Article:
Although he had been starring in short comedies for eight years when he made this movie, Stan Laurel had done little to make it apparent he was one of the great talents of film comedy. Some of his movies of this period are watchable only by the most dedicated of completest. Yet, in this movie, we see he had finally found his own secret to making a funny film comedy: slowing it down. Not for him the frenetic pace of the Keystone imitators, but a slower speed that let him elaborate his gags and let the audience in on the joke: we start laughing as the awful inevitability of the gag becomes apparent and still are surprised at the inventive variations on a theme.
This pace is apparent in the very first shot: we see Stan, as a deerstalker-wearing detective, stewing over something at his desk. Eventually, it becomes clear that it is a blacksmith puzzle. A small boy comes in, does the puzzle, reassembles it and hands it back to Stan, who is still confounded by it. No pratfall, no sped-up motion, but a gag that fits the story, the character and Mr. Laurel.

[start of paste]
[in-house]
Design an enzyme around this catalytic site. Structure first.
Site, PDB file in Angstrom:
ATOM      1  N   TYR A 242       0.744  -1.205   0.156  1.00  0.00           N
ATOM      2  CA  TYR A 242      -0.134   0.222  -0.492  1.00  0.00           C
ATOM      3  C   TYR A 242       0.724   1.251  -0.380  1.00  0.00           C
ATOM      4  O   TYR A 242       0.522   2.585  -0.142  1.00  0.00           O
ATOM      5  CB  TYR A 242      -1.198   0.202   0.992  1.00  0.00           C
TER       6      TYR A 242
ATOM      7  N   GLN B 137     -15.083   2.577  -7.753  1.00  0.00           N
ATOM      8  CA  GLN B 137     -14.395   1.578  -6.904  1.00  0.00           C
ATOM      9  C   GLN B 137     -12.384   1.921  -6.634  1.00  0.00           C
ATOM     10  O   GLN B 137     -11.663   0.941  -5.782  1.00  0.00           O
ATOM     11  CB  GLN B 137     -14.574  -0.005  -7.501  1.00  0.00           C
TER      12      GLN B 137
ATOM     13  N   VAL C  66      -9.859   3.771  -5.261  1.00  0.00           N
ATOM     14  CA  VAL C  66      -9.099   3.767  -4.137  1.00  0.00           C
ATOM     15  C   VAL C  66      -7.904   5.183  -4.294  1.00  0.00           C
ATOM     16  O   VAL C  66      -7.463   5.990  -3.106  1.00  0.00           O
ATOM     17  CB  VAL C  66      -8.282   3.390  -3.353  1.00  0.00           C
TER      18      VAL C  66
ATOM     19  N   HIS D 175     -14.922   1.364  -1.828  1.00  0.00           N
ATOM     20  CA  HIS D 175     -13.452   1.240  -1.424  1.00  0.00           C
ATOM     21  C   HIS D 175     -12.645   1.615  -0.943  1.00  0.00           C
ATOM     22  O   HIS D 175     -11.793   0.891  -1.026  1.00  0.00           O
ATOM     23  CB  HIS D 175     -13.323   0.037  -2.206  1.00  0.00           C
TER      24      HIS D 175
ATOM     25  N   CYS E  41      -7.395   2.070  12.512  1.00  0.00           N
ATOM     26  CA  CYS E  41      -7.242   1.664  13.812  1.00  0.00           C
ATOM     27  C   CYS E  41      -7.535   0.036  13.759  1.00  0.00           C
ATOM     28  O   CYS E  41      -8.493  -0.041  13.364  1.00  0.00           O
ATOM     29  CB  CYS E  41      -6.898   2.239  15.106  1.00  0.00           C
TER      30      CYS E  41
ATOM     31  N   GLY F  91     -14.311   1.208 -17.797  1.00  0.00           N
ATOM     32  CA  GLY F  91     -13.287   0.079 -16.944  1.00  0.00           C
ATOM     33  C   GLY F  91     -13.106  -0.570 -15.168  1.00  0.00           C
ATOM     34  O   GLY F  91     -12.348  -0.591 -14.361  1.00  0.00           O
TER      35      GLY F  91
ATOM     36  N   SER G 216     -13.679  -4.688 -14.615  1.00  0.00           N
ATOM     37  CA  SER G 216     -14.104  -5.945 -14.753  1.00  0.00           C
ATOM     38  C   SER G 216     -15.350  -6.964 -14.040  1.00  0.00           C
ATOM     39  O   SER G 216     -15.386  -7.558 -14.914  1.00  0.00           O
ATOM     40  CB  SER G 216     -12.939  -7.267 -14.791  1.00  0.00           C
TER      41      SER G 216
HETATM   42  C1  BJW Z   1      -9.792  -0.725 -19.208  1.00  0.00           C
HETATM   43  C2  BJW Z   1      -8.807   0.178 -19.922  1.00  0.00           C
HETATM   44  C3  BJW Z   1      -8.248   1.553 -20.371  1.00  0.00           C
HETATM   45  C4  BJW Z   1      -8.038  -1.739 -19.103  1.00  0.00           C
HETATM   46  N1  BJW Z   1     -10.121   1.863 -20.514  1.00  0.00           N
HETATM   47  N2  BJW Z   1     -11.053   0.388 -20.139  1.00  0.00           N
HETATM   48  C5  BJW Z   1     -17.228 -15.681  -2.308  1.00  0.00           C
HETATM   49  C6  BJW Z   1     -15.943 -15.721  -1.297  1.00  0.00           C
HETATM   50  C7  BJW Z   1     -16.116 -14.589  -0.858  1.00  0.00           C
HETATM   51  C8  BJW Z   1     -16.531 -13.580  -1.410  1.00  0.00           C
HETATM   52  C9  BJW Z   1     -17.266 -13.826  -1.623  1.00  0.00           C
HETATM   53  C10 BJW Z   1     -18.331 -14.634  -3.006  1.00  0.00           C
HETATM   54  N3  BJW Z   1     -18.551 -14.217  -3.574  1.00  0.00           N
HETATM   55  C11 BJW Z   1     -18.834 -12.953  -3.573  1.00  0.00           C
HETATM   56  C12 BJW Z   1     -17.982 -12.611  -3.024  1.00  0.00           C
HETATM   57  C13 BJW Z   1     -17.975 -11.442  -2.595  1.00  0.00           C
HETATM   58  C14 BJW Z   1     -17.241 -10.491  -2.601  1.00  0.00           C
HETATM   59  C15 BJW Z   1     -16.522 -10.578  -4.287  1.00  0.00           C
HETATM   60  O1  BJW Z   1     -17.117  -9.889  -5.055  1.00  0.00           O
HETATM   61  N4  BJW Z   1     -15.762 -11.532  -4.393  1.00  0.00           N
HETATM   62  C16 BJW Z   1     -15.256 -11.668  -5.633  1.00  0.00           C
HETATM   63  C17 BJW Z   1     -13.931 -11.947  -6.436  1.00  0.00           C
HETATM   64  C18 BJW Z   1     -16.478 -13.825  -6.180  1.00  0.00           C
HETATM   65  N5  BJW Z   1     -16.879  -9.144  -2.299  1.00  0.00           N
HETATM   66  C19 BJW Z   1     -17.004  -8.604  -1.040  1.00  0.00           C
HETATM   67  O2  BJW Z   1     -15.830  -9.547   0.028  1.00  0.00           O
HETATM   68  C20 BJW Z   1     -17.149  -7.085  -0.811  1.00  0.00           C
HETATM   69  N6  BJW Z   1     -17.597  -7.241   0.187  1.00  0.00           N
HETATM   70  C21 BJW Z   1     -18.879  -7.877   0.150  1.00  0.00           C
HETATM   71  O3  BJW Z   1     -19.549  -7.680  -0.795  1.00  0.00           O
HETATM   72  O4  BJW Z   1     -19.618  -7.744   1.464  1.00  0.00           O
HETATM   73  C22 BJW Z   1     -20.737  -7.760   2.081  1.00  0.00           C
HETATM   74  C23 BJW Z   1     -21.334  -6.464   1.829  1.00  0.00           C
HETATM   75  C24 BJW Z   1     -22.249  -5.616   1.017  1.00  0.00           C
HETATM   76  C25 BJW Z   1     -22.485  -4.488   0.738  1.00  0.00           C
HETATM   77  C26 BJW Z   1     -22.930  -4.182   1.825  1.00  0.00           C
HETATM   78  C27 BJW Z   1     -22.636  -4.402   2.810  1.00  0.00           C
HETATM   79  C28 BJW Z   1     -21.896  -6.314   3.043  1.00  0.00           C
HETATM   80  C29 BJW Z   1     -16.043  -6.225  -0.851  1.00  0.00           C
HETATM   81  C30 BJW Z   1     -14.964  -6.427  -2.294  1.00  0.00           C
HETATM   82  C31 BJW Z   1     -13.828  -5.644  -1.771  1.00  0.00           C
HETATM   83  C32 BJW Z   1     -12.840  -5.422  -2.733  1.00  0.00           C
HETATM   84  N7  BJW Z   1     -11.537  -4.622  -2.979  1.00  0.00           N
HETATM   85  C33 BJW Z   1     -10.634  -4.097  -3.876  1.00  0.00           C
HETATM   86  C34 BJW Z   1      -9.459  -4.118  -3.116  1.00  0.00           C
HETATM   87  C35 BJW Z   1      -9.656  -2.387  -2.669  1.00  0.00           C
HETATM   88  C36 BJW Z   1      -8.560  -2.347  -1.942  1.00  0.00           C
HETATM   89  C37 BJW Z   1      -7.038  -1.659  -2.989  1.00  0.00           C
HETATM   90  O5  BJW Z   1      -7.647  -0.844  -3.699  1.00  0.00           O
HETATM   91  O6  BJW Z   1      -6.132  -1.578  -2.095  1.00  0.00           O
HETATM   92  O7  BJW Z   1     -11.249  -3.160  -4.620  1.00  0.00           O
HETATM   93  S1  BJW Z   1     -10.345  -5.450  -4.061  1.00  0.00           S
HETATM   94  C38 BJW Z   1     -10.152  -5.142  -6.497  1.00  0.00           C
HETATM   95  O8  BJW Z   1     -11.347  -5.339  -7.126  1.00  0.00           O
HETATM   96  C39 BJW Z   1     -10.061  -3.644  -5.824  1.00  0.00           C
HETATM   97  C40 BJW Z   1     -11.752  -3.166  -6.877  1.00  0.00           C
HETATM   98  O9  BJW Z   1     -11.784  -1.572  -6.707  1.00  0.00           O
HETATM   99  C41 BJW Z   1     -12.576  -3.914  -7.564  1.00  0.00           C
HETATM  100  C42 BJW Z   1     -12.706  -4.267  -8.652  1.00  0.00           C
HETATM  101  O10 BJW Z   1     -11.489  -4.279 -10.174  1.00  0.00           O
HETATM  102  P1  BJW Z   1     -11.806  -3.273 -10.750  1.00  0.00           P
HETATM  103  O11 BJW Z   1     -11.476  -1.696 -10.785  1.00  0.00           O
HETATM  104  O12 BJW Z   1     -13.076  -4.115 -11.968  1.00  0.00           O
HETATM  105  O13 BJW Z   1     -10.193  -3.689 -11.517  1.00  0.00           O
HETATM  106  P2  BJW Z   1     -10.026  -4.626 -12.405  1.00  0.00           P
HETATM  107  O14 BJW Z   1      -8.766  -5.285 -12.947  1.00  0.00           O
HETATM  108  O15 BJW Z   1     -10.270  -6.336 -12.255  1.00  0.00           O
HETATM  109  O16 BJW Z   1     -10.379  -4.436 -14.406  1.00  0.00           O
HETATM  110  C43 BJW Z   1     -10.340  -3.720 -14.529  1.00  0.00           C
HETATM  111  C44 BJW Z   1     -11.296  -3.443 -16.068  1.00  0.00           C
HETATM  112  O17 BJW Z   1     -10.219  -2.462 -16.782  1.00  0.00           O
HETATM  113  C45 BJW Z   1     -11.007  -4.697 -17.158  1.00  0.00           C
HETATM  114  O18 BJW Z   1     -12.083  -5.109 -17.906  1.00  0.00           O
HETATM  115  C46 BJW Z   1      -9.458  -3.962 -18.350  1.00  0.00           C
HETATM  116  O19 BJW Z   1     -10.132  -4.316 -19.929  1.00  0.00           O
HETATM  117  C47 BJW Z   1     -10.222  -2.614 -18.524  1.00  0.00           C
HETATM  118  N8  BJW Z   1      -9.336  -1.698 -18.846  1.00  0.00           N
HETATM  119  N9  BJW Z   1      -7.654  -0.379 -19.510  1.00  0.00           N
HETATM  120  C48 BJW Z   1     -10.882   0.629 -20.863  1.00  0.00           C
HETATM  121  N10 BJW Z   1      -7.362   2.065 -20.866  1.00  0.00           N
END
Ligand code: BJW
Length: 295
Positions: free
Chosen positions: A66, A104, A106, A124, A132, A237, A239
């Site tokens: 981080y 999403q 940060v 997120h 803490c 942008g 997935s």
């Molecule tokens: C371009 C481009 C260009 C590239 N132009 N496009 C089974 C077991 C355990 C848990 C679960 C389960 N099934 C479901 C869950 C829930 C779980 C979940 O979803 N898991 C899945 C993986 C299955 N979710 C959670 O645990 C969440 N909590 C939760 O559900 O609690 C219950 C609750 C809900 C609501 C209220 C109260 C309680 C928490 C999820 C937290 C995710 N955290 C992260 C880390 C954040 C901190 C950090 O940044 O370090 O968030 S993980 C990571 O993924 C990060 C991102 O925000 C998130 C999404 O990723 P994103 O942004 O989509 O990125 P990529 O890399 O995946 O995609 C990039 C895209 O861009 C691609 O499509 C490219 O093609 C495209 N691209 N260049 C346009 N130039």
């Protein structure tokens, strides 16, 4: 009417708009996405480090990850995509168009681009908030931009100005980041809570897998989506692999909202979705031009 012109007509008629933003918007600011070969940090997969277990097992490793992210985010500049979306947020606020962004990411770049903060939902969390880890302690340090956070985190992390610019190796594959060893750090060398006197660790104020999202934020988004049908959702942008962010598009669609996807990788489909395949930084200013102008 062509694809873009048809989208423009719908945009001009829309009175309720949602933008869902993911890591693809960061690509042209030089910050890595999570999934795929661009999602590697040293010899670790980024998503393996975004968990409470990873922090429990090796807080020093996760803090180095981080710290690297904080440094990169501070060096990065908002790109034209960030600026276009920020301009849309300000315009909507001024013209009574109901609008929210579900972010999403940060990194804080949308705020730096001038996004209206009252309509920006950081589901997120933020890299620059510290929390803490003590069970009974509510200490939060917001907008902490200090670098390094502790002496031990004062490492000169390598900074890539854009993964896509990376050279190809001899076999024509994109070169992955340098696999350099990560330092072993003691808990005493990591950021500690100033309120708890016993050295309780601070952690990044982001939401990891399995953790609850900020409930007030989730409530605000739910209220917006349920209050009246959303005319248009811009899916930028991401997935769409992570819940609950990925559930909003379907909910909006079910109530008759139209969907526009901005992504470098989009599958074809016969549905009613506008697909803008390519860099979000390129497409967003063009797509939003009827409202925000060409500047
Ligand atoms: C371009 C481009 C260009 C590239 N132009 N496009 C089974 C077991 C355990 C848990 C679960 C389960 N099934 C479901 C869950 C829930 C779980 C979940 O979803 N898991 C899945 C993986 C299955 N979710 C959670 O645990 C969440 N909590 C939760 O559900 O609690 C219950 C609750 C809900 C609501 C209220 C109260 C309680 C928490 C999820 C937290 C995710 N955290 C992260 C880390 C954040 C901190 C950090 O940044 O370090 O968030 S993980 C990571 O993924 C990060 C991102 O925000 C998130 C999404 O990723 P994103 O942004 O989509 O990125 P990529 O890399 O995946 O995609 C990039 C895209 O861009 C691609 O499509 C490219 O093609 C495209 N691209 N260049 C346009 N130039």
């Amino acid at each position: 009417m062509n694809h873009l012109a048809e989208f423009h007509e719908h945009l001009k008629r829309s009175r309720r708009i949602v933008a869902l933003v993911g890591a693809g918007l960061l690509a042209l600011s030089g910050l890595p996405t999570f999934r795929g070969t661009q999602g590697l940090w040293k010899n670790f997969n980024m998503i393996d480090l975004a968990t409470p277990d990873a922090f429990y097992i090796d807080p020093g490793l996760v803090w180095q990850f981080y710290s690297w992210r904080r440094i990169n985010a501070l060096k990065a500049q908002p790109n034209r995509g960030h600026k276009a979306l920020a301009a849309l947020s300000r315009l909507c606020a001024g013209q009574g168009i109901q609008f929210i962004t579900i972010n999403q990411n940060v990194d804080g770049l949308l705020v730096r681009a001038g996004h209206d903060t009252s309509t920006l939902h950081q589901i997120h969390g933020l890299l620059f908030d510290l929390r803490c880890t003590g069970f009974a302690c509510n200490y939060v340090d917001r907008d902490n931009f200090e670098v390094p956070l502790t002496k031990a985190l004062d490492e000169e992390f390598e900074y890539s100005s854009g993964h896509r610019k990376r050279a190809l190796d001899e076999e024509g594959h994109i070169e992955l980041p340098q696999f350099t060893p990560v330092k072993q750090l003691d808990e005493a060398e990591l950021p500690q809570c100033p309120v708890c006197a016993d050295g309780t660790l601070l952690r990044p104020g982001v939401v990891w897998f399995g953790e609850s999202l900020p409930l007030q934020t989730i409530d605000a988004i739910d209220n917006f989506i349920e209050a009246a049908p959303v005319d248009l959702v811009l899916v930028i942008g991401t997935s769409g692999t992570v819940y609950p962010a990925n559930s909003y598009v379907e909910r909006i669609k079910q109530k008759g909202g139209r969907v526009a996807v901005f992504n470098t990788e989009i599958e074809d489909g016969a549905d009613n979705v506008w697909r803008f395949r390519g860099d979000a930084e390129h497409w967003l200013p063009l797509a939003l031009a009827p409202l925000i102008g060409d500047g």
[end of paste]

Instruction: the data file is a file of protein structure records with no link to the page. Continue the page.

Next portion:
The pace continues, speeding up gradually as he is hired by future Roach Studios regular, Anita Garvin, to spy on her husband. I shan't list the gags, but they are good and this movie is an excellent harbinger of things to come.
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